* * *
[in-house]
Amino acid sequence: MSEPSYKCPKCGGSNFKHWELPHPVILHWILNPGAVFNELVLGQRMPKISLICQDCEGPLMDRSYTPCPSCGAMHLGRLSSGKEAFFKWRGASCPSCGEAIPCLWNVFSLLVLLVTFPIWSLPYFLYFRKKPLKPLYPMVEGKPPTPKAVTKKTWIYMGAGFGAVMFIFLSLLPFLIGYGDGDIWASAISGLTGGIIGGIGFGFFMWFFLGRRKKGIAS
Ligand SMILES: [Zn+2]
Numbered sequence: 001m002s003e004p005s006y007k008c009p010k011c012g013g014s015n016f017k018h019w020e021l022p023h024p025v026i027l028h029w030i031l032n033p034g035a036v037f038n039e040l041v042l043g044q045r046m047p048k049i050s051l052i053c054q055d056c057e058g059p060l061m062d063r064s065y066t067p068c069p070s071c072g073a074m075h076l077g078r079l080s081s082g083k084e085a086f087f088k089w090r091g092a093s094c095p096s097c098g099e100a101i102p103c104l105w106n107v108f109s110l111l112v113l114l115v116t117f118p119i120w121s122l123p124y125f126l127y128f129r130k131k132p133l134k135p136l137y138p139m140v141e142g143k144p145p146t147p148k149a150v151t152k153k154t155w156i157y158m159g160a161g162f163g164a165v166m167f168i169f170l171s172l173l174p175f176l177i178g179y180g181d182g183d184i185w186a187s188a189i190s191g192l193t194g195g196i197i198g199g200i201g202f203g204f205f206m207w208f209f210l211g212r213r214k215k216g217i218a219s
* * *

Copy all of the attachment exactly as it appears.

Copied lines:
[in-house]
Amino acid sequence: MSEPSYKCPKCGGSNFKHWELPHPVILHWILNPGAVFNELVLGQRMPKISLICQDCEGPLMDRSYTPCPSCGAMHLGRLSSGKEAFFKWRGASCPSCGEAIPCLWNVFSLLVLLVTFPIWSLPYFLYFRKKPLKPLYPMVEGKPPTPKAVTKKTWIYMGAGFGAVMFIFLSLLPFLIGYGDGDIWASAISGLTGGIIGGIGFGFFMWFFLGRRKKGIAS
Ligand SMILES: [Zn+2]
Numbered sequence: 001m002s003e004p005s006y007k008c009p010k011c012g013g014s015n016f017k018h019w020e021l022p023h024p025v026i027l028h029w030i031l032n033p034g035a036v037f038n039e040l041v042l043g044q045r046m047p048k049i050s051l052i053c054q055d056c057e058g059p060l061m062d063r064s065y066t067p068c069p070s071c072g073a074m075h076l077g078r079l080s081s082g083k084e085a086f087f088k089w090r091g092a093s094c095p096s097c098g099e100a101i102p103c104l105w106n107v108f109s110l111l112v113l114l115v116t117f118p119i120w121s122l123p124y125f126l127y128f129r130k131k132p133l134k135p136l137y138p139m140v141e142g143k144p145p146t147p148k149a150v151t152k153k154t155w156i157y158m159g160a161g162f163g164a165v166m167f168i169f170l171s172l173l174p175f176l177i178g179y180g181d182g183d184i185w186a187s188a189i190s191g192l193t194g195g196i197i198g199g200i201g202f203g204f205f206m207w208f209f210l211g212r213r214k215k216g217i218a219s